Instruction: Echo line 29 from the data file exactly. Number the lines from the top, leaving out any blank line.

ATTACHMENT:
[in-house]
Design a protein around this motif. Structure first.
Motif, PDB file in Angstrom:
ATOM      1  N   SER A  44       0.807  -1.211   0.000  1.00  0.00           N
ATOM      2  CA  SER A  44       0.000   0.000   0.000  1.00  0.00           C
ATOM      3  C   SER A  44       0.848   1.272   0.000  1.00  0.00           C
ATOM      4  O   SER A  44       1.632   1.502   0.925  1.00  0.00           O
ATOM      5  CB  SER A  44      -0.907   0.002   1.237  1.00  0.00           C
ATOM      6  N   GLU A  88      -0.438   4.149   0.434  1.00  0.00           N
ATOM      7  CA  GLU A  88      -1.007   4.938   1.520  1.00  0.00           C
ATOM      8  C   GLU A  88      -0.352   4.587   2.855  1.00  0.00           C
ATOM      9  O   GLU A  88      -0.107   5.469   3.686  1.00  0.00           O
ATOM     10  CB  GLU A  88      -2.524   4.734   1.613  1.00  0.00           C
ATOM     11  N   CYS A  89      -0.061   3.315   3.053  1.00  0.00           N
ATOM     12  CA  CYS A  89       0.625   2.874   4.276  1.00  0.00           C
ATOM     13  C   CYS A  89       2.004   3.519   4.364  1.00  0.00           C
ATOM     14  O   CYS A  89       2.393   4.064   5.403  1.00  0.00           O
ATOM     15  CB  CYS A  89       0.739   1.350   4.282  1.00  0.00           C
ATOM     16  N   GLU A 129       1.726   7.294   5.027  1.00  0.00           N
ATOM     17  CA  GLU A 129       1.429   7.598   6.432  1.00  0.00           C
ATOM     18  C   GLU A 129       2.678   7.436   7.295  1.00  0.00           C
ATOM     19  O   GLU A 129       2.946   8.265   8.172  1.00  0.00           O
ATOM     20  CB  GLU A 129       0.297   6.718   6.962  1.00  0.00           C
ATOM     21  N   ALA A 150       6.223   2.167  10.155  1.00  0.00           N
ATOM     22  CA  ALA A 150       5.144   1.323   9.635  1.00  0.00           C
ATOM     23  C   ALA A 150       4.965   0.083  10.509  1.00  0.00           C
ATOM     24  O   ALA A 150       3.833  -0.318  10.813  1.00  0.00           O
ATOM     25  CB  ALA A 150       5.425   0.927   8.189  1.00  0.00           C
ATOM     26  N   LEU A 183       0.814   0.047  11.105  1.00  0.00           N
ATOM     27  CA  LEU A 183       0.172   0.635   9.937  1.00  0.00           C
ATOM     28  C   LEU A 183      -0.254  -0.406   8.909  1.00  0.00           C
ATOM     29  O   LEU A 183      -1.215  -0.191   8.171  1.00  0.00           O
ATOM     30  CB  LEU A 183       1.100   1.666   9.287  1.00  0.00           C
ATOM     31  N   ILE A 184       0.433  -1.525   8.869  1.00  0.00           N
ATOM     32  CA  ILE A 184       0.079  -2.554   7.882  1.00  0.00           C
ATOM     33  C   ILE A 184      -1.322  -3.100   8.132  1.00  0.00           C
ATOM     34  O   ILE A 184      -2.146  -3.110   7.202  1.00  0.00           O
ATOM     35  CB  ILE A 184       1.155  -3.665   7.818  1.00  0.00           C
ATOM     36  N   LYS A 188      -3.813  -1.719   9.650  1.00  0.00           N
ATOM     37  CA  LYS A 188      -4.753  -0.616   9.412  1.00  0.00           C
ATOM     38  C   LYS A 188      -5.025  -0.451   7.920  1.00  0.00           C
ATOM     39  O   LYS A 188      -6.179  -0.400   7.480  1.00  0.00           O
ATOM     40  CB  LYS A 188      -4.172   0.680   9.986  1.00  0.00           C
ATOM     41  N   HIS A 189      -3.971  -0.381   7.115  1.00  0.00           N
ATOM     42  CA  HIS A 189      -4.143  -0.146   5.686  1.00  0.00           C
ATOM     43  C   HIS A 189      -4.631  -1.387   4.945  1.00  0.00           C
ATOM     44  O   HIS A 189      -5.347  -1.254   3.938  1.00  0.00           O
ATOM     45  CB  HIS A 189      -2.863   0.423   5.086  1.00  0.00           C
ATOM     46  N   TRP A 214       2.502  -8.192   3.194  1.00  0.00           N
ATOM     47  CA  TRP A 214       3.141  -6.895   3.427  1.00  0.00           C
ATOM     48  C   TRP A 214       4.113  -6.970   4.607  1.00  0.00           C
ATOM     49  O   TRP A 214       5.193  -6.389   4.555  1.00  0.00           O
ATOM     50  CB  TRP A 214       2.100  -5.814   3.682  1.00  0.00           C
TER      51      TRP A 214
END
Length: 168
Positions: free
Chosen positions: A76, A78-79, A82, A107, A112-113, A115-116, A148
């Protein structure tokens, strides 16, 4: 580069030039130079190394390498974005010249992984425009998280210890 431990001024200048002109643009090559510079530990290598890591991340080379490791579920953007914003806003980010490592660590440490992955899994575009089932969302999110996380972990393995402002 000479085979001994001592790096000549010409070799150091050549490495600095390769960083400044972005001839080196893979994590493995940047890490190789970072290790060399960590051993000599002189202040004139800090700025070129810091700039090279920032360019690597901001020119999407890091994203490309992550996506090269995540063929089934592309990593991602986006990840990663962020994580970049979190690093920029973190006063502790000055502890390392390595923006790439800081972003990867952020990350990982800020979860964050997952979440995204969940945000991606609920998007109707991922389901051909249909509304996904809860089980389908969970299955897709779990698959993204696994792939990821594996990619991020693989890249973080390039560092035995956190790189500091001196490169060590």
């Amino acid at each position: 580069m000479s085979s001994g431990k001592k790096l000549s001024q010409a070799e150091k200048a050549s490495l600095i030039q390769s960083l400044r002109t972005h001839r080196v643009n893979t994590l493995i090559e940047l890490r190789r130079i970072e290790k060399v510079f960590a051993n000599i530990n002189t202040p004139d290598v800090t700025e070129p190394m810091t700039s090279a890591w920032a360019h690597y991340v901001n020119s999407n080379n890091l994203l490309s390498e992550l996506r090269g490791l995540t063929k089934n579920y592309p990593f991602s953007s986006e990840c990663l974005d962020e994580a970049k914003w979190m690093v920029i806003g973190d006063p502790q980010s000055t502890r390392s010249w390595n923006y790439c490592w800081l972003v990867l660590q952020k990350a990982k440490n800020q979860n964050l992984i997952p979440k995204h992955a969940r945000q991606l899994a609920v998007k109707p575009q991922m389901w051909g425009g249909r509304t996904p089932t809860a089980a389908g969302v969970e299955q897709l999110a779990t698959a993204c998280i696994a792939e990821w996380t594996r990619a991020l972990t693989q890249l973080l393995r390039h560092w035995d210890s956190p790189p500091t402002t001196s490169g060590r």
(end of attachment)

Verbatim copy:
ATOM     26  N   LEU A 183       0.814   0.047  11.105  1.00  0.00           N